When brands like Monster Energy and Rockstar launched in the early 2000s, promising sky-high levels of caffeine and other power-you-through agents like the amino acid taurine, they were positioned as frat-party staples. But that image has shifted. "In those days, the energy-drink sector was booming, and there was little bad press," says Ben Bouckley, who tracks the market as site editor of BeverageDaily.com. "Consumers relished that 'bad boy' image." Now, "health is king," he says. That's thanks to the ongoing swirl of controversy that has many wondering whether the party-fuel image is such a selling point: In addition to the deaths associated with Monster Energy, the U.S. Food and Drug Administration has received 21 death reports linked to 5-Hour Energy and dozens of complaints reporting stomach pain, vomiting, anxiety, abnormal heart rates, and other side effects associated with these and other popular brands.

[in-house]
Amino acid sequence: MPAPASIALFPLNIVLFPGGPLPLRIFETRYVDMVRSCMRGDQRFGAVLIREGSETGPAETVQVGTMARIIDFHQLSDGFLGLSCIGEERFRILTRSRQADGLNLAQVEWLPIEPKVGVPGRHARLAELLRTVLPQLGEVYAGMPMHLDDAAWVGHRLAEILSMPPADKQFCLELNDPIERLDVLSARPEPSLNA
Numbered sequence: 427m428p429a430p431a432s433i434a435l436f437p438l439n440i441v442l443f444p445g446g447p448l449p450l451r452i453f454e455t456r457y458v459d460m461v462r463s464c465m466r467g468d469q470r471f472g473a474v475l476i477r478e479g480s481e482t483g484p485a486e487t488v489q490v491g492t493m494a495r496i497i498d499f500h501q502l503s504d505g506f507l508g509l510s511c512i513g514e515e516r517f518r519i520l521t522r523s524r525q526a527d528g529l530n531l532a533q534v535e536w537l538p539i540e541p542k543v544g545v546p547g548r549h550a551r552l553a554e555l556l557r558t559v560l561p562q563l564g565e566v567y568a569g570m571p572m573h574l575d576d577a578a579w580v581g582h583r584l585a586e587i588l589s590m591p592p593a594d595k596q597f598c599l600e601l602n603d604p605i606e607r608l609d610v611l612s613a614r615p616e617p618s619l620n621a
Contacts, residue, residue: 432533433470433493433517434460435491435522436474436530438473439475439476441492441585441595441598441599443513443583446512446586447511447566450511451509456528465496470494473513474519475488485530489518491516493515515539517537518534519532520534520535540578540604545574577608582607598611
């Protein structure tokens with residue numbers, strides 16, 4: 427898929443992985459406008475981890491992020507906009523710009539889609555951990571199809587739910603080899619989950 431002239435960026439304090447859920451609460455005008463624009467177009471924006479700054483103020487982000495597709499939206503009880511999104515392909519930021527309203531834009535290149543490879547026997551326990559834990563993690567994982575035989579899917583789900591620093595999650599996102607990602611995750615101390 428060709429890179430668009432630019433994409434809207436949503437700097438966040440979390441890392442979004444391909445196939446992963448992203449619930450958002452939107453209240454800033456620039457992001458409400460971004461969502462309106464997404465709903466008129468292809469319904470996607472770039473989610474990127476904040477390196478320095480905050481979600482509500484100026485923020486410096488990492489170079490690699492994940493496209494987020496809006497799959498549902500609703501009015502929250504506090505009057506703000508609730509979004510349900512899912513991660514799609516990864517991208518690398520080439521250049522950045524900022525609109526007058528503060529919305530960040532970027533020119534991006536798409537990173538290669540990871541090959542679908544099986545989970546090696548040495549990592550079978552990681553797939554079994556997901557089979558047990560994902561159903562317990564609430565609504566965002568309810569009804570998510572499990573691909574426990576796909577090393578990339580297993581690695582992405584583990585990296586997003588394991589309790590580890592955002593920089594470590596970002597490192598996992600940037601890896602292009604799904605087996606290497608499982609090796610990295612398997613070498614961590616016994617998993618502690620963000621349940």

The health scares have made it hard for the industry to attract new customers and hold on to ones they'd already hooked. According to surveys by the market research firm Mintel, 47 percent of women who drank energy drinks in the past say they stopped because "they don't seem safe." To retain these customers, energy brands are "pinking up"—and purporting to promote health. "Now it's about getting a natural boost that will pull you through a busy morning," says Bouckley.